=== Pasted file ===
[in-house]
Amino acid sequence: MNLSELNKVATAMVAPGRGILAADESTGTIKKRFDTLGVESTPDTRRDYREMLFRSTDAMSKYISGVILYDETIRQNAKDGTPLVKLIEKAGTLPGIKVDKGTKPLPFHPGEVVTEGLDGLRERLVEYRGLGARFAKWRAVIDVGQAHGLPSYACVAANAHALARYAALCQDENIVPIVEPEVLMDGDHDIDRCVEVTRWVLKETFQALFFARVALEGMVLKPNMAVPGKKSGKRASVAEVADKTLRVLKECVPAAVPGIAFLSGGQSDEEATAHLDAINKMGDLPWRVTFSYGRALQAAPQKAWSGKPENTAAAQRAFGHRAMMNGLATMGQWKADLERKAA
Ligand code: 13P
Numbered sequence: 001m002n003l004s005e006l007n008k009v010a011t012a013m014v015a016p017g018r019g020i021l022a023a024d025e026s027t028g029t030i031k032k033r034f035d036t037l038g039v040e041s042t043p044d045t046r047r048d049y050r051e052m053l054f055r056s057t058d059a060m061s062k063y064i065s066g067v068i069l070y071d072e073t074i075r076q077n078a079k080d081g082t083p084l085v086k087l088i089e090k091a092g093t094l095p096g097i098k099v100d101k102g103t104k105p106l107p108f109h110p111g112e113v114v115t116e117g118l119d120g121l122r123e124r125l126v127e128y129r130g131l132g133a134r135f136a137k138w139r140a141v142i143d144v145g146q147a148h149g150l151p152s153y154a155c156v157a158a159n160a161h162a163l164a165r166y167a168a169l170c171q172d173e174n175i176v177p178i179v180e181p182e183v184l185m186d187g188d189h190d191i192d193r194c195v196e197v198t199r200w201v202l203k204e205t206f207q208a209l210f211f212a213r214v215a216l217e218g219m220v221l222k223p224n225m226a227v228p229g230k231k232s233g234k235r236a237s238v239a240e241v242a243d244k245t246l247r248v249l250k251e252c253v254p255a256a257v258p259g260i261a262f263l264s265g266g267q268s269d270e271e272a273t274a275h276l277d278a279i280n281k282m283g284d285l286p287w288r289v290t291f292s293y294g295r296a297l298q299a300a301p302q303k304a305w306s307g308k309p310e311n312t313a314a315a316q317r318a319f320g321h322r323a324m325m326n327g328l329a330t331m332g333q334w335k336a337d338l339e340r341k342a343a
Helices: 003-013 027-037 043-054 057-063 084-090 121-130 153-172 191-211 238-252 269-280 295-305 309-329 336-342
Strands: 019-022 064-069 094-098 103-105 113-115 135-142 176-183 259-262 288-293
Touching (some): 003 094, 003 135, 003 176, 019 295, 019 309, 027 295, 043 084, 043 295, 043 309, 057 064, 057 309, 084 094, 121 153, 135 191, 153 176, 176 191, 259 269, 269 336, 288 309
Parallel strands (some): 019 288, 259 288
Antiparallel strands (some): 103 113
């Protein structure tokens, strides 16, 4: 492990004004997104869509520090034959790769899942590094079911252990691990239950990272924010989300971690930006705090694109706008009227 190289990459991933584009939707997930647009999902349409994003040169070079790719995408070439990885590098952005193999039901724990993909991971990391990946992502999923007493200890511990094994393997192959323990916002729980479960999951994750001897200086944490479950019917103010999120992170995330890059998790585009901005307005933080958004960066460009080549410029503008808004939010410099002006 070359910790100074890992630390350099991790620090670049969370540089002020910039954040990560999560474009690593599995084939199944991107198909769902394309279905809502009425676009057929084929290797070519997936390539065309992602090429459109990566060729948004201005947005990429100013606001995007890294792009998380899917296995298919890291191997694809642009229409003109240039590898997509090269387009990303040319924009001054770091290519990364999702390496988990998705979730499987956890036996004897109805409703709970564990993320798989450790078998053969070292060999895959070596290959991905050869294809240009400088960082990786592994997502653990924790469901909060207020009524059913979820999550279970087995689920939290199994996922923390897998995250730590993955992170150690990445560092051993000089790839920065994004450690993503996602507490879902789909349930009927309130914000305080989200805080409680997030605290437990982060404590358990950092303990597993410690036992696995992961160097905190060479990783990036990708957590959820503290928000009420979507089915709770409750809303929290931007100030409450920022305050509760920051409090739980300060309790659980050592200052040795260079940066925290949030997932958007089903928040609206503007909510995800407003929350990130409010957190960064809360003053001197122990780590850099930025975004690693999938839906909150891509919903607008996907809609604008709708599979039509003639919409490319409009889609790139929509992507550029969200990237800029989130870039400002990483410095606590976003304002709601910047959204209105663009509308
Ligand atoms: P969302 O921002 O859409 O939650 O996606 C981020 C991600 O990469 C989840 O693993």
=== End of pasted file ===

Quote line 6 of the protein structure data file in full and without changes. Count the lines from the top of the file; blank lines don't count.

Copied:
Strands: 019-022 064-069 094-098 103-105 113-115 135-142 176-183 259-262 288-293